Google has committed to improving its business practices as part of a decade-long investigation by the European Commission into monopolistic behaviour in online search.
Having rejected two initial proposals for reconciliation from Google, the Commission has now accepted the ad giant’s offer, with anti-trust chief Joachin Alumnia speaking in Brussels to say he believes the company is now ‘capable of addressing the concerns’.
The Commission said: “Google has now accepted to guarantee that whenever it promotes its own specialised search services on its web page (e.g. for products, hotels, restaurants, etc.), the services of three rivals, selected through an objective method, will also be displayed in a way that is clearly visible to users and comparable to the way in which Google displays its own services."
"This principle will apply not only for existing specialised search services, but also to changes in the presentation of those services and for future services."
'Difficult to feel complete comfort' with process
Glen Collins, CEO of user-generated content review site Review Centre, told Mobile Marketing that he doesn't feel entirely comfortable with the length of the latest case. "I think it’s very difficult to feel complete comfort in an anti-trust process that takes 10 years to reach a decision in a market where the rules, the players and the technology changes seemingly overnight."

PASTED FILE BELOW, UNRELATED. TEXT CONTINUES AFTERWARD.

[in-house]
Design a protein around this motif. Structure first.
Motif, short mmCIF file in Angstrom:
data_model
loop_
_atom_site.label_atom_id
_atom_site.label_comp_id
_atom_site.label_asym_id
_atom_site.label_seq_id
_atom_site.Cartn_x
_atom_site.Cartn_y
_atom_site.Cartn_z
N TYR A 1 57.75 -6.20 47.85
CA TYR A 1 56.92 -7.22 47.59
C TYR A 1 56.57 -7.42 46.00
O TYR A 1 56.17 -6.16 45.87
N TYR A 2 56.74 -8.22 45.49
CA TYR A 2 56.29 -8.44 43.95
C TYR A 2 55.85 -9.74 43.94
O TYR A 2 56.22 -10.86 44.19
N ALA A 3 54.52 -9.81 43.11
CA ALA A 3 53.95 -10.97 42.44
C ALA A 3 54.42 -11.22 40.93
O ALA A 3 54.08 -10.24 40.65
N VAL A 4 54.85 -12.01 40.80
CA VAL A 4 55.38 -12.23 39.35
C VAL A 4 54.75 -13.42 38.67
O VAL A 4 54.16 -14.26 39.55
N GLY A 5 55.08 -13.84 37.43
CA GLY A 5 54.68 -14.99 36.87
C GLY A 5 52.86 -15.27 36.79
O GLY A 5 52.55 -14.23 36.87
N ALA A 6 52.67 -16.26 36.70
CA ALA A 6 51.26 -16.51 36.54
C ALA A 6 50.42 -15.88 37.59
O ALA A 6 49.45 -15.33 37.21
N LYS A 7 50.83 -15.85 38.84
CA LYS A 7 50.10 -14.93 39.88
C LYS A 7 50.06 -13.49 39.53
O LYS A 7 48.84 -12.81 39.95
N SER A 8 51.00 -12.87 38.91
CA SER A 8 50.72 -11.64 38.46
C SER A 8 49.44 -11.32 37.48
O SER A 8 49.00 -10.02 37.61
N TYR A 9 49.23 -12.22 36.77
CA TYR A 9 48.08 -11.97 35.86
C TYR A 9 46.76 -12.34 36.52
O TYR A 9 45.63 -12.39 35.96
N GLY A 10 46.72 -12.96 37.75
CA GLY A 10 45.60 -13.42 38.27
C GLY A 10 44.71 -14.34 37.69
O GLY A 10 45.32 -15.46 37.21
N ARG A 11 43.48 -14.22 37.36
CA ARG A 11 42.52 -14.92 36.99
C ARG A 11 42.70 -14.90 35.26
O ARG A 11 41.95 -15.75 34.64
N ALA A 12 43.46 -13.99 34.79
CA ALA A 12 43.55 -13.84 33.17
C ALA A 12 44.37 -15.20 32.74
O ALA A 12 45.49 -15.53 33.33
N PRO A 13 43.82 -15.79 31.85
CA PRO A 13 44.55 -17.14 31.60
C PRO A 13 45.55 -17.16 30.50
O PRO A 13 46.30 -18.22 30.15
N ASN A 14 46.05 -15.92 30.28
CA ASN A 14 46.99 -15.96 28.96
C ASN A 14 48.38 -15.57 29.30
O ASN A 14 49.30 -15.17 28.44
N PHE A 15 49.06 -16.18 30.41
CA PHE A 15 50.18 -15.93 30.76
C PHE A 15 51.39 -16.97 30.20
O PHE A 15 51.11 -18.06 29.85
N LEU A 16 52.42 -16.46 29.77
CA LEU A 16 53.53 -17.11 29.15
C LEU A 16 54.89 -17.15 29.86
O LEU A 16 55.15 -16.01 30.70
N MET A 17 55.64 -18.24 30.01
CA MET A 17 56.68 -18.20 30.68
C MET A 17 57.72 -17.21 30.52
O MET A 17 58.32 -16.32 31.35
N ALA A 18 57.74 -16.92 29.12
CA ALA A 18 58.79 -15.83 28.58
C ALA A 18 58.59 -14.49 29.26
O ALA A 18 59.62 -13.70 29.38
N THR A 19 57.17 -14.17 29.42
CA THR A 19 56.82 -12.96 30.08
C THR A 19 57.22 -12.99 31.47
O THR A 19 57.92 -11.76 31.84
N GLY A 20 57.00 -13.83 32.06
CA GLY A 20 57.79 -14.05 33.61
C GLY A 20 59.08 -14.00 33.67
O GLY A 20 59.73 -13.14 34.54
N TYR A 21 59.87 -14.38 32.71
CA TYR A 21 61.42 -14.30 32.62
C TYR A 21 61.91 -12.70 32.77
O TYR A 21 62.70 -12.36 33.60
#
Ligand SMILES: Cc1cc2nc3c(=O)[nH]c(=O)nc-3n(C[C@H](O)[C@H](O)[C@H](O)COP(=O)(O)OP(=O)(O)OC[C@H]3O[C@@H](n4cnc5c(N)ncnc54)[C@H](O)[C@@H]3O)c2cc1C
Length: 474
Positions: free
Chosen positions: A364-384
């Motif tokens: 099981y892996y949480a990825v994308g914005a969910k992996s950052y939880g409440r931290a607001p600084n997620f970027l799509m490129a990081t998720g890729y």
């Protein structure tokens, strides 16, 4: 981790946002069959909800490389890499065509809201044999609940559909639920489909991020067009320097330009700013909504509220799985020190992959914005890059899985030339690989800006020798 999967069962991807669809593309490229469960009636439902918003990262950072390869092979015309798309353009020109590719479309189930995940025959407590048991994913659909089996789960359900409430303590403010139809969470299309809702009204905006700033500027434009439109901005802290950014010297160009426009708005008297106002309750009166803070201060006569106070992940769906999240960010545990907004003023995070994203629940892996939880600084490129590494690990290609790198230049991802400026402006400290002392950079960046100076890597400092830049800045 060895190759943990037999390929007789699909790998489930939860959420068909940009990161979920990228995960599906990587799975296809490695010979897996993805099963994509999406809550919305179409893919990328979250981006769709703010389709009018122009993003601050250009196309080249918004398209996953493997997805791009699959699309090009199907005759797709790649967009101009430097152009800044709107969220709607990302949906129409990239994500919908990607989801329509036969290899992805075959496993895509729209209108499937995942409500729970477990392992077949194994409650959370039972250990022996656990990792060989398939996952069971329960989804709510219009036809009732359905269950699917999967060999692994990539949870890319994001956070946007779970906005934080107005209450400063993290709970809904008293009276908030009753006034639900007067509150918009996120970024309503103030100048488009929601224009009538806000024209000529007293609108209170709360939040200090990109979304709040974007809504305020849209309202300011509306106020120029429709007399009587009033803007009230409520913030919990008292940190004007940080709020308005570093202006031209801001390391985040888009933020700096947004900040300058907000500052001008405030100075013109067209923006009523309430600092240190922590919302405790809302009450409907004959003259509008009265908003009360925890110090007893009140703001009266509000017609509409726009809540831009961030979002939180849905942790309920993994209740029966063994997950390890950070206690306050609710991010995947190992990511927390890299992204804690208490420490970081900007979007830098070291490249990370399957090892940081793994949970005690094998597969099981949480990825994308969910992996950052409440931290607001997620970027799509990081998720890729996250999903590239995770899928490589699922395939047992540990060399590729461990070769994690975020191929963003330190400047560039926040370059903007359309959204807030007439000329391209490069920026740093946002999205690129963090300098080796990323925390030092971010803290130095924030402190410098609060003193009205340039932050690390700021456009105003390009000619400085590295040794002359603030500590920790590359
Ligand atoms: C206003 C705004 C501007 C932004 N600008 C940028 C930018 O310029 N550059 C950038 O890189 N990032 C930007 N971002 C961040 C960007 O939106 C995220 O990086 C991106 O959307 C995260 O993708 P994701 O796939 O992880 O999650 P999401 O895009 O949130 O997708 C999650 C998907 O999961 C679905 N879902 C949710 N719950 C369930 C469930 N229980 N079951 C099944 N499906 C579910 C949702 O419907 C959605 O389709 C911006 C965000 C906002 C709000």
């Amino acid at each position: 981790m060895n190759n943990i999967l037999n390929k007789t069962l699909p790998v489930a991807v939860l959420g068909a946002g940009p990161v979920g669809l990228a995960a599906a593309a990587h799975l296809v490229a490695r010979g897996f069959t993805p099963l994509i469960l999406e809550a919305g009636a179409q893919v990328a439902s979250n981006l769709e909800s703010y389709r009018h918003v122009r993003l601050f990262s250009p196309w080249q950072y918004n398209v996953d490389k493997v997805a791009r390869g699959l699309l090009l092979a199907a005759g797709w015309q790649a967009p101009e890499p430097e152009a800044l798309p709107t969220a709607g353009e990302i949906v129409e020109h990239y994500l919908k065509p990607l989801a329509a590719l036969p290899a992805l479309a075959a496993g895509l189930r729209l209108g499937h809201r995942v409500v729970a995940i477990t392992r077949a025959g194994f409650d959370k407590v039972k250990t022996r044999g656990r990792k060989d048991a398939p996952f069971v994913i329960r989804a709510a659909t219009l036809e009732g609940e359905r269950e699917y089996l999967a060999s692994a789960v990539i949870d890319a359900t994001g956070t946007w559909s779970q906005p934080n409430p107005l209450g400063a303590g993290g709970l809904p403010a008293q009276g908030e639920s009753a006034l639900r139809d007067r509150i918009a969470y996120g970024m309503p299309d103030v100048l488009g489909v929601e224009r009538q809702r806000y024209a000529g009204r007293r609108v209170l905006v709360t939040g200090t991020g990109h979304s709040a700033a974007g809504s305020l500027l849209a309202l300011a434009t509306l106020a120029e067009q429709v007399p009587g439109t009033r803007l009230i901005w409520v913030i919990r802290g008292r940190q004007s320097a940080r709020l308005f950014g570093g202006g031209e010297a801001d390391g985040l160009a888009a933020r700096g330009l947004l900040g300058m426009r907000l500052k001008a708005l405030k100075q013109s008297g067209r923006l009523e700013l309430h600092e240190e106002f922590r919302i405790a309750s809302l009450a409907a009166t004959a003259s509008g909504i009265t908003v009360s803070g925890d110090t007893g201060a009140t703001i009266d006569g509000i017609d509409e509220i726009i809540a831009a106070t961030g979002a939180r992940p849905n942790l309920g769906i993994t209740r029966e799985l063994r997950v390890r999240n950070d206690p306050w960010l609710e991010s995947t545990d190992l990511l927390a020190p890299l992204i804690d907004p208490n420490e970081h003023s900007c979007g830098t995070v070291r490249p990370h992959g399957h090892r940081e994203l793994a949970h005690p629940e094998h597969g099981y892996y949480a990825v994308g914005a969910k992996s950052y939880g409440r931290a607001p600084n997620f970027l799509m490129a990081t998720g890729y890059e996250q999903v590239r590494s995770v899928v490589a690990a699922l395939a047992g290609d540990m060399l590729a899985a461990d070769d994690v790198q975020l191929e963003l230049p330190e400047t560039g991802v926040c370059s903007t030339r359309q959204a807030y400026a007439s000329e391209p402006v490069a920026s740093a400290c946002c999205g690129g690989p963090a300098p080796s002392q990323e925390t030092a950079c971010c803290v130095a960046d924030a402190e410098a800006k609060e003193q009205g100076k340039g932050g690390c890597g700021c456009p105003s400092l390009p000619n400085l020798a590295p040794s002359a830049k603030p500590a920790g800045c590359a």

SEO specialist Richard Baxter, MD of SEOgadget.com, said his company will be interested to know how Google will meet the obligations offered. "The concessionary measure offered by Google today apparently opens a fairer, less biased playing field for brands to succeed in search regardless of their budget and company size.
"We’ll be analysing just where Google intends to find the data for their enhanced ad listings, though we expect to find they’ll be influenced by results from Google’s Organic search service."
The Commission said it will now speak with the complainants to outline its reasons for the decision. They will then have another opportunity to 'make their views known' before the commitments are legally binding on Google.
Victim of its own success